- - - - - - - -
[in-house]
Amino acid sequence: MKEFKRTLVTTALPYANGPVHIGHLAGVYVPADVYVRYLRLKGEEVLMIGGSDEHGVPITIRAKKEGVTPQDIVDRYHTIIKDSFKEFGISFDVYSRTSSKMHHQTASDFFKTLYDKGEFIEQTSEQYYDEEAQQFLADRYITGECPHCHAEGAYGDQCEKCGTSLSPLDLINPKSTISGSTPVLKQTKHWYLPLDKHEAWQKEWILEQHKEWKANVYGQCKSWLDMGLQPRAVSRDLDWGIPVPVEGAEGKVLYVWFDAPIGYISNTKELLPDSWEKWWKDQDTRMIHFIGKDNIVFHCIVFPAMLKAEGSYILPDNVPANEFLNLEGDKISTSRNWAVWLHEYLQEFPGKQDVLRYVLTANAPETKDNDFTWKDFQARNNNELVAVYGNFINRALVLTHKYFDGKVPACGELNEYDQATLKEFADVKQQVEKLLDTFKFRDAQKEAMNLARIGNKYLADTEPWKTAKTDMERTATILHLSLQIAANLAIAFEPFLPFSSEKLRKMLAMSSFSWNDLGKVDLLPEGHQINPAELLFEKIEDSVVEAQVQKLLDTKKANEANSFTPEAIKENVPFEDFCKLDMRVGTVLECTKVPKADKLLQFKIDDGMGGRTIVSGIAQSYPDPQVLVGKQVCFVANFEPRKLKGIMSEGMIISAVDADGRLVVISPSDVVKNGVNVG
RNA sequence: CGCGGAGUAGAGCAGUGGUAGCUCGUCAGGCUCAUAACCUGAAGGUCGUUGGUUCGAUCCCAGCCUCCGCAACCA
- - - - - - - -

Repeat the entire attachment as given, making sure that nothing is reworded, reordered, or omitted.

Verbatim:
[in-house]
Amino acid sequence: MKEFKRTLVTTALPYANGPVHIGHLAGVYVPADVYVRYLRLKGEEVLMIGGSDEHGVPITIRAKKEGVTPQDIVDRYHTIIKDSFKEFGISFDVYSRTSSKMHHQTASDFFKTLYDKGEFIEQTSEQYYDEEAQQFLADRYITGECPHCHAEGAYGDQCEKCGTSLSPLDLINPKSTISGSTPVLKQTKHWYLPLDKHEAWQKEWILEQHKEWKANVYGQCKSWLDMGLQPRAVSRDLDWGIPVPVEGAEGKVLYVWFDAPIGYISNTKELLPDSWEKWWKDQDTRMIHFIGKDNIVFHCIVFPAMLKAEGSYILPDNVPANEFLNLEGDKISTSRNWAVWLHEYLQEFPGKQDVLRYVLTANAPETKDNDFTWKDFQARNNNELVAVYGNFINRALVLTHKYFDGKVPACGELNEYDQATLKEFADVKQQVEKLLDTFKFRDAQKEAMNLARIGNKYLADTEPWKTAKTDMERTATILHLSLQIAANLAIAFEPFLPFSSEKLRKMLAMSSFSWNDLGKVDLLPEGHQINPAELLFEKIEDSVVEAQVQKLLDTKKANEANSFTPEAIKENVPFEDFCKLDMRVGTVLECTKVPKADKLLQFKIDDGMGGRTIVSGIAQSYPDPQVLVGKQVCFVANFEPRKLKGIMSEGMIISAVDADGRLVVISPSDVVKNGVNVG
RNA sequence: CGCGGAGUAGAGCAGUGGUAGCUCGUCAGGCUCAUAACCUGAAGGUCGUUGGUUCGAUCCCAGCCUCCGCAACCA